Etihad CEO’s Focus on Smaller Aircraft Puts Fleet Plans in Limbo

Etihad Airways plans to rebuild operations around smaller twin-aisle jets once coronavirus lockdowns ease, spelling an uncertain future for the biggest models the Gulf carrier has in its fleet plan.

Etihad hasn’t set a delivery date for Boeing Co.’s coming 777X, and it’s not clear if the Airbus SE A380 superjumbo will ever return, Chief Executive Officer Tony Douglas said in an interview with Bloomberg Television Wednesday. He said the focus will instead be on the smaller Boeing 787 Dreamliner.

“The point really is to concentrate on the backbone, and the backbone for us is the 787 Dreamliner,” Douglas said.

The CEO’s comments underscore how the pandemic stands to change the industry’s global route network, with a focus on shorter, more flexible connections at the expense of the hub model long championed by the three biggest carriers in the Gulf region.

Etihad CEO’s Focus on Smaller Aircraft Puts Fleet Plans in Limbo

Etihad once sought to go toe-to-toe with local rivals Emirates and Qatar Airways Ltd. in linking every corner of the globe. Yet even before the health crisis, Etihad had made some of the deepest fleet cuts in the industry as it tried to rein in losses and refocus the network on the needs of Abu Dhabi, the airline’s owner.

Douglas didn’t go into specifics on longer-term plans around the order book. He said he doesn’t expect air travel to return to pre-pandemic levels until 2023, adding that he didn’t want to create “false certainty” in terms of a rebound.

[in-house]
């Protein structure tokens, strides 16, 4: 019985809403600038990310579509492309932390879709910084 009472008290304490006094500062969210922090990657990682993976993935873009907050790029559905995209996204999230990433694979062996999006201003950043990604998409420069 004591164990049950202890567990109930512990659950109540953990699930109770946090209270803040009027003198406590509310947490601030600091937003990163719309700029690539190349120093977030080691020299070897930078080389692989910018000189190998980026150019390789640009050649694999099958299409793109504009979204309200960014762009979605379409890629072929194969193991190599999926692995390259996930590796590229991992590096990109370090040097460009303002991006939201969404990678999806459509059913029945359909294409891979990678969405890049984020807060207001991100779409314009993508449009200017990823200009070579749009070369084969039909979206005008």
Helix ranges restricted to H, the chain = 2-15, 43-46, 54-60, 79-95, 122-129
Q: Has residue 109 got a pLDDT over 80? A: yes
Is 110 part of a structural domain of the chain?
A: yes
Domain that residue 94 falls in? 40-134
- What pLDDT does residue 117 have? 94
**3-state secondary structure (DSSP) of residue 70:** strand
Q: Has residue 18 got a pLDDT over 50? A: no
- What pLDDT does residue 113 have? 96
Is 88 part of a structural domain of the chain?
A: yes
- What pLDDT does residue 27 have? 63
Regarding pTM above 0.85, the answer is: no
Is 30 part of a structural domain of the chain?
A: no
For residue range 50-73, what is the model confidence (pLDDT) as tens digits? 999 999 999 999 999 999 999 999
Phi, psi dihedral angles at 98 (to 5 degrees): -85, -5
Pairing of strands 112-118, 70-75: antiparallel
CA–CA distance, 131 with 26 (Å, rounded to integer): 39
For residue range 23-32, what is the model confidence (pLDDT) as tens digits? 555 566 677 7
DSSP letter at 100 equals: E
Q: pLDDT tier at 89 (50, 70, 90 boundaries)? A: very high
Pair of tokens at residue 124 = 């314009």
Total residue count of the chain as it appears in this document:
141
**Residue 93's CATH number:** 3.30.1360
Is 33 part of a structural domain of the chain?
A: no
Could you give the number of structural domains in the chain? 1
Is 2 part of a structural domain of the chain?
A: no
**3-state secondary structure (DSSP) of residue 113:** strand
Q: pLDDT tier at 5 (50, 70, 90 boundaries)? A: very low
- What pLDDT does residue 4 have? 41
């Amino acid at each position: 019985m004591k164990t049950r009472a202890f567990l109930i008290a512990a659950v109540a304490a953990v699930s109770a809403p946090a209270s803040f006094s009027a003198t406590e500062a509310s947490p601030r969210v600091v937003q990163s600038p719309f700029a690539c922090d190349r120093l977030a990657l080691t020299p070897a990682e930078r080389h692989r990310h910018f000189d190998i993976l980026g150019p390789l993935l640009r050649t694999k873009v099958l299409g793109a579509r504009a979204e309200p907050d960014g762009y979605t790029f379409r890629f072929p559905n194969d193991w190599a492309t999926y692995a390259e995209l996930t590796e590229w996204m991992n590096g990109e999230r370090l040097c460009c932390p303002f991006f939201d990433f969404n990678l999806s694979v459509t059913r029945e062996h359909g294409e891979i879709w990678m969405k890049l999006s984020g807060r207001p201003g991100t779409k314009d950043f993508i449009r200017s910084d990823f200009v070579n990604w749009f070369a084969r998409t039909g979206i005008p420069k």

Alongside about 40 Boeing Dreamliners, Etihad is looking to deploy up to 12 Airbus A350s, Douglas said. The company has currently idled the five A350s it’s already received from an order that now stands at 20 planes, down from 62 originally.

Super Jumbo

Of Etihad’s 10 A380s, the CEO said he’s “not sure we’ll ever bring them back.” The double-decker jets would have a role only on the very busiest routes to cities such as London and New York in the event of a strong rebound, he said.

Etihad has six remaining orders for Boeing’s 777-9, an aircraft now slated to debut in 2023 after numerous delays. Douglas said there’s no fixed date for Etihad to take deliveries.

Etihad has become the first carrier to fully inoculate its crew, Douglas said, adding that he expects potential passengers who have had the jab to have “right of passage.”

©2021 Bloomberg L.P.

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